PISCATAWAY, N.J. (AP) — Greg Schiano may have traded his job as Rutgers University’s football coach for a new life in Florida as head coach of the Tampa Bay Buccaneers months ago.
But he is having trouble ridding himself of his last tie to the university.
The ex-coach’s custom-built 8,500-square-foot house — constructed with a Rutgers loan on land in Piscataway formerly owned by the university — has been on the market for more than seven months without a bite.
Schiano recently reduced the asking price from $2.3 million to $1.95 million, said his real estate agent, Michael Santini of Golden Key Realty. The five-bedroom, six-bathroom house features a mahogany-paneled office, gym, heated pool with a waterfall and a lower-level media and game room larger than some houses.
“It’s a very unique home,” Santini told The Star-Ledger of Newark. “It’s worth every penny.”
Rutgers officials said they have no interest in purchasing the property. However, they do want the $300,000 Schiano still owes them for helping build the house. Greg Schiano left Rutgers last year to become the head coach of the NFL’s Tampa Bay Buccaneers.
“It is due upon the sale of his home or within one year of his departure, which would be Jan. 26, 2013,” said Greg Trevor, a Rutgers spokesman.
Schiano built the house in 2007. At the time, he lived in the Martinsville section of Bridgewater. He said he wanted to move his family to a house that was both close to the football stadium and large enough to entertain players and those associated with the team.
“I think it’s good to be able to build a family atmosphere in your program,” Schiano said at the time.
In an unusual deal, the Rutgers Board of Governors voted to sell Schiano a wooded parcel of land on Logan Lane that had once been part of the university’s ecological preserve. The property, which was less than an acre, was about a mile from the football stadium on the opposite side of Route 18.
Rutgers lent Schiano $800,000 to build the house. Under his contract, the university forgave $100,000 of the loan every year he stayed coach. Because Schiano left before his contract was up, he owes Rutgers the remaining $300,000 left on the loan.
Under the agreement, Rutgers also had the right to buy the house from Schiano before it went on the market. But campus officials declined last spring.
The university still isn’t tempted to buy the house, even with the recently lowered price, said Trevor, the Rutgers spokesman.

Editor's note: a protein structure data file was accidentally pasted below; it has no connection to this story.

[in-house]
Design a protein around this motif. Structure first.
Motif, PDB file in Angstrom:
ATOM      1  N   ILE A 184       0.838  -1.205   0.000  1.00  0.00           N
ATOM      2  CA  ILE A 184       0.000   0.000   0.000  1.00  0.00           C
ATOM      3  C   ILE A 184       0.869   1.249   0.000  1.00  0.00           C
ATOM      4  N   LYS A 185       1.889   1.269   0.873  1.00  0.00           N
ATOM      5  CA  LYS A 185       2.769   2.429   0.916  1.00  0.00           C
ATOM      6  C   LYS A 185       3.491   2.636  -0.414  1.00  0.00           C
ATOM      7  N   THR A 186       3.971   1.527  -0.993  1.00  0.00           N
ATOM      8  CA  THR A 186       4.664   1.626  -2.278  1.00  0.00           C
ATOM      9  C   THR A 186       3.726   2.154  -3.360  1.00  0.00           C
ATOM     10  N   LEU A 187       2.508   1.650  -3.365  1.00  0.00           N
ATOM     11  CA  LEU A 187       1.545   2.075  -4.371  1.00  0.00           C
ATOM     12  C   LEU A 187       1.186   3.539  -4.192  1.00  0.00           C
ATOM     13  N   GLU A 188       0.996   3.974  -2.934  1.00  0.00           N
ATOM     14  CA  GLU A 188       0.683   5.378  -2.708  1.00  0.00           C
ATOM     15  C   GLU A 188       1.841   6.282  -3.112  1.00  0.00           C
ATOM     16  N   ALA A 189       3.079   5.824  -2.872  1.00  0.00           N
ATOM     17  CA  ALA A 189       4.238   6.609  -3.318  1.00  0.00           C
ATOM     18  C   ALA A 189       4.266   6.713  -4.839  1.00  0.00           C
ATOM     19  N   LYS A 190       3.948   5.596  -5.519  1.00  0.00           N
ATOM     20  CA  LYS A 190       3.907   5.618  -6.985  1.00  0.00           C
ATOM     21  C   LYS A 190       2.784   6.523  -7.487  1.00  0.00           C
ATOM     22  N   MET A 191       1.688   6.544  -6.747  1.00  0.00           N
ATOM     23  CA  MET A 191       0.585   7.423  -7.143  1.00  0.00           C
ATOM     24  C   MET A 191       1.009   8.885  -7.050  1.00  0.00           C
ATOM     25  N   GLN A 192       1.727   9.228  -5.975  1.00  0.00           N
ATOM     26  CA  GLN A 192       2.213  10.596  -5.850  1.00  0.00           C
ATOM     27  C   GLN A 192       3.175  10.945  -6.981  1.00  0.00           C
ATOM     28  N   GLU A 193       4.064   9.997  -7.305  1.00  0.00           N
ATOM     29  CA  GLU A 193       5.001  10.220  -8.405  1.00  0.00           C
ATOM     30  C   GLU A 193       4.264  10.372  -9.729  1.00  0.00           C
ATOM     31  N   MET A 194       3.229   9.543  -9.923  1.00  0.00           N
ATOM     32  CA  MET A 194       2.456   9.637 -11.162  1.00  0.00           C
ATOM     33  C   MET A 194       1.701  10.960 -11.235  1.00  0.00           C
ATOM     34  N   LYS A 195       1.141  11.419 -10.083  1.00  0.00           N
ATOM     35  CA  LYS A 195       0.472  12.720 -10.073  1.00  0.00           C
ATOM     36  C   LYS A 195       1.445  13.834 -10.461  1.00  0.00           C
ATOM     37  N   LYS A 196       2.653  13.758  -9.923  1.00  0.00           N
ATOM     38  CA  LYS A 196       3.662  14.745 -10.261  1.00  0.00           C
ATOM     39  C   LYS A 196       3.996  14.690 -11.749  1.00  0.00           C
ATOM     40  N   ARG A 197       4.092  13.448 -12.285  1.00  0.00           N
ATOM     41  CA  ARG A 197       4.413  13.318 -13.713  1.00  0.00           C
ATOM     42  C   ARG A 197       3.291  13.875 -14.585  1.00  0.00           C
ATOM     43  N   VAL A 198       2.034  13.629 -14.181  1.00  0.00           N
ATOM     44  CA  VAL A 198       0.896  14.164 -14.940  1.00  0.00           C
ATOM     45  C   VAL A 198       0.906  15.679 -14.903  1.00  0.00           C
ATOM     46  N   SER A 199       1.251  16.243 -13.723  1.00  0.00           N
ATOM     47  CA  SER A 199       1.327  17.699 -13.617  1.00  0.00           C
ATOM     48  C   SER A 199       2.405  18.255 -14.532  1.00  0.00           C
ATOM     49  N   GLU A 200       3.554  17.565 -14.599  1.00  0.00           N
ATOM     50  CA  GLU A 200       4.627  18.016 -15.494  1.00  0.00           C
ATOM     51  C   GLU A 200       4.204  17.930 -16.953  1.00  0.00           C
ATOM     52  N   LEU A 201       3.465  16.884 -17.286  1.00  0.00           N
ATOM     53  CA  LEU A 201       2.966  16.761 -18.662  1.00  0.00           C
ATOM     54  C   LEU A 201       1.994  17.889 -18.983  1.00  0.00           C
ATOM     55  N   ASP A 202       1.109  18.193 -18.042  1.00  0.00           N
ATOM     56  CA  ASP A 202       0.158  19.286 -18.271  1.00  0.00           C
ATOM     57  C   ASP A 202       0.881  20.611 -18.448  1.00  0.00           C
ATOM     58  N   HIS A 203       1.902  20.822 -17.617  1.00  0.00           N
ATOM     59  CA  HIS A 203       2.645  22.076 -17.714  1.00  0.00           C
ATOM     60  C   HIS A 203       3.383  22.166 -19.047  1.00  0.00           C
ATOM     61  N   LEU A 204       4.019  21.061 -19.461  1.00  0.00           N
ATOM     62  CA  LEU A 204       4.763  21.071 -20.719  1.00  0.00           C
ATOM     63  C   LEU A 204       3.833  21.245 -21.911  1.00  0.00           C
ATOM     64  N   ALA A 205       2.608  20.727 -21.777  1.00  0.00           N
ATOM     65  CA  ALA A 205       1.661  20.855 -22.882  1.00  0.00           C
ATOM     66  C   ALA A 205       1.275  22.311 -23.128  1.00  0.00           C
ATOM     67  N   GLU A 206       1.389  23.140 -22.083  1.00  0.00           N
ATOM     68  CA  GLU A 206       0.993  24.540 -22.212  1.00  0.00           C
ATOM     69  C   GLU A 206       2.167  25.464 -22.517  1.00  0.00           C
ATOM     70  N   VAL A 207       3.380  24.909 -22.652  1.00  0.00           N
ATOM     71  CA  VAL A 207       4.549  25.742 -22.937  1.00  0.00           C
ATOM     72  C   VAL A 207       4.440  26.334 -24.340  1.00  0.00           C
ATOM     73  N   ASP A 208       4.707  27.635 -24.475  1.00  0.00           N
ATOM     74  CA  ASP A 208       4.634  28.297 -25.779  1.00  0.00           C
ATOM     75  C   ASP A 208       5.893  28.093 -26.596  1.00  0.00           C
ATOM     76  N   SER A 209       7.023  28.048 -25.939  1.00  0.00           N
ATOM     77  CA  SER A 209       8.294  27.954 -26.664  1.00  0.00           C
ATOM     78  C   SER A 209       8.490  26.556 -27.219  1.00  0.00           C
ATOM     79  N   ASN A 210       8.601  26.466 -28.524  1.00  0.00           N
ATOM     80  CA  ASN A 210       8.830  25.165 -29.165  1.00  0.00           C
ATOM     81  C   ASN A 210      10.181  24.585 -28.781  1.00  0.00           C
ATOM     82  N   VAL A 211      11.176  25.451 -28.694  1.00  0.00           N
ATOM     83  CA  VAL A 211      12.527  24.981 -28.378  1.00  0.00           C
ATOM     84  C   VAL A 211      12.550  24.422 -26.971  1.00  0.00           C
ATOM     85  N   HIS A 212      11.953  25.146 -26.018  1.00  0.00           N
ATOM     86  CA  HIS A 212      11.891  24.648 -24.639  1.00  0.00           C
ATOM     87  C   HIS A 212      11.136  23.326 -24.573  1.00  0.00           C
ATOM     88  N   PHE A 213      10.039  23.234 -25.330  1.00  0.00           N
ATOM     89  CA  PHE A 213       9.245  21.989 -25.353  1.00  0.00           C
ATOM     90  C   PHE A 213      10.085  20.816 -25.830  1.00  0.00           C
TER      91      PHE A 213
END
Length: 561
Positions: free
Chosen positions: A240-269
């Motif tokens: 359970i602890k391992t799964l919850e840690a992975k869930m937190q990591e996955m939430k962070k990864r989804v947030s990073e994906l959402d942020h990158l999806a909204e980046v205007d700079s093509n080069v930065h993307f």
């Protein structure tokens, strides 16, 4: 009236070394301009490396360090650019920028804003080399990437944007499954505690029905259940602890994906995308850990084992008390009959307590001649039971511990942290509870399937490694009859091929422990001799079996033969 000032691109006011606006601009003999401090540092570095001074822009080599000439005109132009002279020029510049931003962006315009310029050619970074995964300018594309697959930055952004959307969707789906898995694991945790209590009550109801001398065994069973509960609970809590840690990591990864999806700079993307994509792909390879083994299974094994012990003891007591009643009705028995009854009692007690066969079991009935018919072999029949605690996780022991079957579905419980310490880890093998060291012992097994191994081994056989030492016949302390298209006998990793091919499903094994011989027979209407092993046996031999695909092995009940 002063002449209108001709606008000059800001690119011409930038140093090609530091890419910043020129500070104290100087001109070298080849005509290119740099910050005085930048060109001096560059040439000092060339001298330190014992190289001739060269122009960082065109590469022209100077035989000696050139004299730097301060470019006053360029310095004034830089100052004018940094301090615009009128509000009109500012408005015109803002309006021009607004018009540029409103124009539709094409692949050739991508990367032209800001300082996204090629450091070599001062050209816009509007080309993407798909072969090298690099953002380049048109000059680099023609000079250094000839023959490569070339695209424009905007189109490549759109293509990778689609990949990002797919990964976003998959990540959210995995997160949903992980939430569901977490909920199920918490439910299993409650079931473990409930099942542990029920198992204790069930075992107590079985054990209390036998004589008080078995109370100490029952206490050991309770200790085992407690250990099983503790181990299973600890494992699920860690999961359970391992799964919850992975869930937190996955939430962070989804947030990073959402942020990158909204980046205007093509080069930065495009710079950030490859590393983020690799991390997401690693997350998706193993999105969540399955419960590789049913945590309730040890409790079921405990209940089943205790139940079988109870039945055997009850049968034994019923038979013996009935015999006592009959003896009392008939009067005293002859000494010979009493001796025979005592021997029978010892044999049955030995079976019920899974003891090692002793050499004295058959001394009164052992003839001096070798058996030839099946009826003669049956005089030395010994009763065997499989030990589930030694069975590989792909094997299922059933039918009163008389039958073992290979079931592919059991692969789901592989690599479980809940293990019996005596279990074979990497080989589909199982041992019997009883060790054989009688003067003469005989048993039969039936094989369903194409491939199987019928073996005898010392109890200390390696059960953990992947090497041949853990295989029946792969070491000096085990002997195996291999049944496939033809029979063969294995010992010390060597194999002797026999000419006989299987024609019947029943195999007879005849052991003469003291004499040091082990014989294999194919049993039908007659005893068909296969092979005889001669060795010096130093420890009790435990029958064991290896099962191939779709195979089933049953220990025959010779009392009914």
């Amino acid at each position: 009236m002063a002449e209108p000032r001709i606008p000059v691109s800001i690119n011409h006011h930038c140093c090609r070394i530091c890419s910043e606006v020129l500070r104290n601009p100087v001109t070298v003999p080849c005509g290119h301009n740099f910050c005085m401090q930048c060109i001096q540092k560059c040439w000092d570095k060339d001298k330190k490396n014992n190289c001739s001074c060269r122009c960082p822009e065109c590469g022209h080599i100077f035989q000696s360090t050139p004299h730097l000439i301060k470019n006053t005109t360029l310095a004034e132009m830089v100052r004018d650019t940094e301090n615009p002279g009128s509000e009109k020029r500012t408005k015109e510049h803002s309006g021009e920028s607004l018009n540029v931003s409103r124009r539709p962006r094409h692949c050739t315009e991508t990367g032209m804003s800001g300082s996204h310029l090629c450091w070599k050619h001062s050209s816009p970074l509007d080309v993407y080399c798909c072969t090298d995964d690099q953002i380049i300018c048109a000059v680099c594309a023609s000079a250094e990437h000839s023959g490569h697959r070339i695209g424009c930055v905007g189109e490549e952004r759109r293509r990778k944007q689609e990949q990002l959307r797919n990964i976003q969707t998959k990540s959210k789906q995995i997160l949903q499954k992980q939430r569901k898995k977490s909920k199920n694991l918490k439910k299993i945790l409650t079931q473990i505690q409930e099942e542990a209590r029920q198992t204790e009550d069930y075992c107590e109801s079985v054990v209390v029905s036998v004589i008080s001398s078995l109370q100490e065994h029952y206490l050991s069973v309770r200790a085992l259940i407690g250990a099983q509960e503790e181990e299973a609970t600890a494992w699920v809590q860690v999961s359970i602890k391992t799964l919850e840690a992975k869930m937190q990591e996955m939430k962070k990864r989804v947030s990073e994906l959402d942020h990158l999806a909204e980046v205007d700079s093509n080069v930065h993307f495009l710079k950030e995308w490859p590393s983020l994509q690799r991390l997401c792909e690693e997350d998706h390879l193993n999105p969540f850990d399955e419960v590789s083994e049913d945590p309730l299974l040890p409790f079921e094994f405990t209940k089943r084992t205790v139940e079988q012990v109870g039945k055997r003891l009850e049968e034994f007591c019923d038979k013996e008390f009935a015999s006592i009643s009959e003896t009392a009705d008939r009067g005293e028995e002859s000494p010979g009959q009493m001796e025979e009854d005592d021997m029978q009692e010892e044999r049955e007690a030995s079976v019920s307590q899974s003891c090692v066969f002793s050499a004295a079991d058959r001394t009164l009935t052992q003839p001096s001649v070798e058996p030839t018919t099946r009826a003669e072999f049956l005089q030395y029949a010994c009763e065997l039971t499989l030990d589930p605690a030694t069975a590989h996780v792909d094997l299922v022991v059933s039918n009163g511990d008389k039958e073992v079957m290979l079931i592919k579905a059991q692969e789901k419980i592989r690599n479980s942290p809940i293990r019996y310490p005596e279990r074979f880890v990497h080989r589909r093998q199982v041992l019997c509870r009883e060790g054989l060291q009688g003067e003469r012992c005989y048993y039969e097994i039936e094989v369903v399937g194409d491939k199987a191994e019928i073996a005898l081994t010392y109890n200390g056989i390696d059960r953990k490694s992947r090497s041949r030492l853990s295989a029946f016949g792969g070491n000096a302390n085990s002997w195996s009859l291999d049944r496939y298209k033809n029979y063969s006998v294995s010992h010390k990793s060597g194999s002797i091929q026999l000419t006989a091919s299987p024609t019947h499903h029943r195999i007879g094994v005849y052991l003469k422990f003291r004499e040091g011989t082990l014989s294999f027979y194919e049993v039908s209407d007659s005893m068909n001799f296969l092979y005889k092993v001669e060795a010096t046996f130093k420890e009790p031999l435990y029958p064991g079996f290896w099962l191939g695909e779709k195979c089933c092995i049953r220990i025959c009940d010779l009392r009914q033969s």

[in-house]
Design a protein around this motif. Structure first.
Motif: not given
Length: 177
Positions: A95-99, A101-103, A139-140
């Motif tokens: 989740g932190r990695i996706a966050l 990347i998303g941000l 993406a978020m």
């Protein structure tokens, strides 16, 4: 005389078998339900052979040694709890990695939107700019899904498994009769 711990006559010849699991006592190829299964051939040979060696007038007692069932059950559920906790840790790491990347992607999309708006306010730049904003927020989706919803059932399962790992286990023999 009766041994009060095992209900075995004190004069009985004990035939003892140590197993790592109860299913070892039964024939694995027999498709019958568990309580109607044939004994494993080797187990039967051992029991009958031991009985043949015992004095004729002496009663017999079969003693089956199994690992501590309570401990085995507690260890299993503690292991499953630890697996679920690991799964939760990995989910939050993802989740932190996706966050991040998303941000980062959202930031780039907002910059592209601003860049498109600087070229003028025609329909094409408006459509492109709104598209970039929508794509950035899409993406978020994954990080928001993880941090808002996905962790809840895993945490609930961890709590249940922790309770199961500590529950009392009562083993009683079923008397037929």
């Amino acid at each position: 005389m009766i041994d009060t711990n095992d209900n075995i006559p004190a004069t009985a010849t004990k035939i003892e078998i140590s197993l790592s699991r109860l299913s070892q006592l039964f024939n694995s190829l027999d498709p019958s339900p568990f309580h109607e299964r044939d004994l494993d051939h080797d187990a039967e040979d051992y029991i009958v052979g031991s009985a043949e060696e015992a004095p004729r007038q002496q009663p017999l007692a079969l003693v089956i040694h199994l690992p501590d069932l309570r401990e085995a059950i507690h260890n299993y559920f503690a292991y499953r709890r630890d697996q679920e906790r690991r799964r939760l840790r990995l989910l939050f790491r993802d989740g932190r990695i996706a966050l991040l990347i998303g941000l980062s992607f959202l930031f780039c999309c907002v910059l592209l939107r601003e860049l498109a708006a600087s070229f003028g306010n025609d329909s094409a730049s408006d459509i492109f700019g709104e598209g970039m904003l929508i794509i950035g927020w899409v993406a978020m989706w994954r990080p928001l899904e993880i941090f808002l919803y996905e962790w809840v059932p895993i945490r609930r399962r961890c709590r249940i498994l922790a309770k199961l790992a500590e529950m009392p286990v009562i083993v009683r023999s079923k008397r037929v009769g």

“The answer continues to be the university does not have any interest at this time,” Trevor said.
The gourmet kitchen of the 8,500-square-foot house, built on former Rutgers land with a Rutgers loan, has been on the market for months The price has been cut to $1.95 million.
Schiano spent 11 seasons as coach of the Scarlet Knights, compiling a 68-67 record and taking the team to six bowl games. He was Rutgers’ highest-paid employee, as many NCAA Division I football coaches are on state college campuses.
Under Schiano’s perk-filled contract, he was earning $2.3 million a year when he announced he was leaving Rutgers in January for the National Football League.
His new deal with the Tampa Bay Buccaneers is reportedly worth $15 million over five years. The Buccaneers also paid Rutgers $500,000 to cover a buyout penalty in Schiano’s contract.
Santini, Schiano’s real estate agent, said a few potential buyers have come to see the house since it went on the market. But there has been no serious interest. The $2.3 million asking price was reduced to $2.15 million in September and again to $1.95 million a few weeks later.
With annual property taxes of more than $23,500, the house is valued far above most residences in Piscataway. The sprawling Colonial stands out in its modest hillside neighborhood, where it is on a quiet cul-de-sac surrounded by homes valued around $300,000.
“That is a challenge,” Santini said.
Schiano lived in the house with his wife and four children. But he built it with several features designed for a football team.
The lower level includes a large gym and exercise room with mirrored walls, a rubberized floor and a steam shower. It also features a 42-by-30-foot media and game room with a projector, retractable wall screen and surround-sound system.
The Schianos furnished the game room with a pool table, arcade games and a 16-seat sectional sofa big enough to accommodate football players. The house’s gourmet kitchen features two large Sub Zero refrigerators.
Santini said the house no longer has furniture, and is available for showings by appointment. He remains hopeful it will sell soon.